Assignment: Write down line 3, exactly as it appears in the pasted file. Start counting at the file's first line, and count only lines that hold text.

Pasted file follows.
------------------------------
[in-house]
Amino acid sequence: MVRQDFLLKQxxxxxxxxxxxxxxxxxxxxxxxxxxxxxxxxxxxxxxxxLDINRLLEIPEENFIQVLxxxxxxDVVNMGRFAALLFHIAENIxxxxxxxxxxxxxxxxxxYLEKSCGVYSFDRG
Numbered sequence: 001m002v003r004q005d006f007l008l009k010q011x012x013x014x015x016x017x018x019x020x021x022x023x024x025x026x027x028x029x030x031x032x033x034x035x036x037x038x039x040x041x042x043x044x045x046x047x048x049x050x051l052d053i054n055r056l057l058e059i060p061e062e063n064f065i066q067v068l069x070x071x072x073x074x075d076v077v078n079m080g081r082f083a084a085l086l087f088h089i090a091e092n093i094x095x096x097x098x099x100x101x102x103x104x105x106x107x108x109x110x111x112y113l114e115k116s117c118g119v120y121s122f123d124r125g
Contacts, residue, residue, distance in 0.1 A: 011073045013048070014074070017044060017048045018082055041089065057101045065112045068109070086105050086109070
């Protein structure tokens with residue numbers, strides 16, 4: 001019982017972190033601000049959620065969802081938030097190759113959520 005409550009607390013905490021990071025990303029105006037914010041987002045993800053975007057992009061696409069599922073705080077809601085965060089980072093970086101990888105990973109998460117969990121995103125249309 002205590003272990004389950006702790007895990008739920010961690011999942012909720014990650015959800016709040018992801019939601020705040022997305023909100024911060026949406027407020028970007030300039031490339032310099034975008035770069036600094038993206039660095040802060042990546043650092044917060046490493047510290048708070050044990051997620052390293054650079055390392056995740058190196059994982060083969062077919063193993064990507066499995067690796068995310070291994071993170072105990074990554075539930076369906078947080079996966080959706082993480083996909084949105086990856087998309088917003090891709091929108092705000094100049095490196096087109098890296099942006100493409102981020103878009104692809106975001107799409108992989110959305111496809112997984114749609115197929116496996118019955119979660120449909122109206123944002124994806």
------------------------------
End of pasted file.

Numbered sequence: 001m002v003r004q005d006f007l008l009k010q011x012x013x014x015x016x017x018x019x020x021x022x023x024x025x026x027x028x029x030x031x032x033x034x035x036x037x038x039x040x041x042x043x044x045x046x047x048x049x050x051l052d053i054n055r056l057l058e059i060p061e062e063n064f065i066q067v068l069x070x071x072x073x074x075d076v077v078n079m080g081r082f083a084a085l086l087f088h089i090a091e092n093i094x095x096x097x098x099x100x101x102x103x104x105x106x107x108x109x110x111x112y113l114e115k116s117c118g119v120y121s122f123d124r125g